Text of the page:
Cafe and car wash plans for unsuccessful housing development site in Alnwick
Plans have been lodged for a new car wash and café on an Alnwick industrial estate which was previously the unsuccessful target for new housing.
An application has been submitted for the former Northumberland County Council depot site on the northern side of the Willowburn Trading Estate.
AA Construction Utilities Ltd’s proposal is to construct a 26-metre conveyor car wash along with jet-wash bays on the southern side of the site, next to the internal estate road.
Next to this, by the site entrance, would be a new building to house a café.
This requires the demolition of the building along the southern perimeter, while the scheme also seeks permission to knock down the building on the eastern side and replace it with a much larger building for three workshops/storage buildings.
The demolition has already taken place, with the plans indicating that this work started at the beginning of March.
The existing buildings on the site’s north, which is split into four workshops/storage buildings, and west – a vehicle repair centre, would be retained.
There would also be 20 parking spaces, and the development would create three full-time and one part-time jobs.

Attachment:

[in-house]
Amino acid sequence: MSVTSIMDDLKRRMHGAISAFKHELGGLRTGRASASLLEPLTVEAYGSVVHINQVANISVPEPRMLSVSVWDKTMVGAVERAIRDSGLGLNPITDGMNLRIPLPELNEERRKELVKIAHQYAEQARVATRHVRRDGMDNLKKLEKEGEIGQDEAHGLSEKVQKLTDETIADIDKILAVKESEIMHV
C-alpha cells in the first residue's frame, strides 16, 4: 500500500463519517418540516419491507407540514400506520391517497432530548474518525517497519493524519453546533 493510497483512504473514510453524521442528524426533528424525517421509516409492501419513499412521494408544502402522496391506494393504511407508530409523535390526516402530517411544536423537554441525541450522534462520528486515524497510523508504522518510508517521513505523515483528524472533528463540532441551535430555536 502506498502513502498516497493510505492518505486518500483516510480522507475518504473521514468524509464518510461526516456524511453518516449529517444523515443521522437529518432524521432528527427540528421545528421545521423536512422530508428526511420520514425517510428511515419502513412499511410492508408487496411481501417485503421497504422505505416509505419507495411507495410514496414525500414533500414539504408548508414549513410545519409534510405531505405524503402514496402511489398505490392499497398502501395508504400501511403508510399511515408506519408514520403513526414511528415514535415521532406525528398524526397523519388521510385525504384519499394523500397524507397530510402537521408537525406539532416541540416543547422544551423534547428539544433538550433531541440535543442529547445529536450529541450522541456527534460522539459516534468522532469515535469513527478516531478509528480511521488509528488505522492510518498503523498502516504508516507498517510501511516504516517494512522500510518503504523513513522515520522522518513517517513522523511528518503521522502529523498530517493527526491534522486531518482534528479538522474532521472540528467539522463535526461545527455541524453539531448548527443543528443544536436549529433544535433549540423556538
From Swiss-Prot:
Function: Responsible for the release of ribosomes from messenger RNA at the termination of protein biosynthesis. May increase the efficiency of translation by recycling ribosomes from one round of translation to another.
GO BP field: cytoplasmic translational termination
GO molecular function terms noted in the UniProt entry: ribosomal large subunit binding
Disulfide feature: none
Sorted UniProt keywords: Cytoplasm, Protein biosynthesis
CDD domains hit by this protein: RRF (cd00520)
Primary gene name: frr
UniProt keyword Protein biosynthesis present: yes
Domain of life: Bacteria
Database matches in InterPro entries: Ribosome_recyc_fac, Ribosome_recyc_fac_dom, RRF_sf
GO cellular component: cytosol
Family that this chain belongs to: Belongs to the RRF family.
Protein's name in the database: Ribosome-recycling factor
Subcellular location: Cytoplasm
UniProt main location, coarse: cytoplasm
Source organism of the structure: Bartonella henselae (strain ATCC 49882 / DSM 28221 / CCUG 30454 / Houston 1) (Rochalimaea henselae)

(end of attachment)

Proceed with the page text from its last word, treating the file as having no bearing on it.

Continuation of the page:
The council stopped using the facility around two years ago when the new Lionheart depot and fire station on the other side of the A1 was completed.
With this in motion, almost the whole of the Willowburn Trading Estate became the subject of an unpopular bid for around 125 new homes.
The first outline application was rejected unanimously by the council’s strategic planning committee in July 2017.
The proposal, by Northern Commercial Properties, whose majority shareholder is Lord James Percy, and the Harris & Sheldon Group (the council had been one of the applicants before withdrawing), was turned down as the site is designated as employment land in the Alnwick and Denwick Neighbourhood Plan, which had just passed referendum.
A second outline bid – this time for up to 100 homes with the county council-owned depot land removed from the proposed site – was then unanimously refused last June.
The first refusal went to an appeal hearing last summer, but the planning inspector sided with the county and town council and upheld the refusal in October.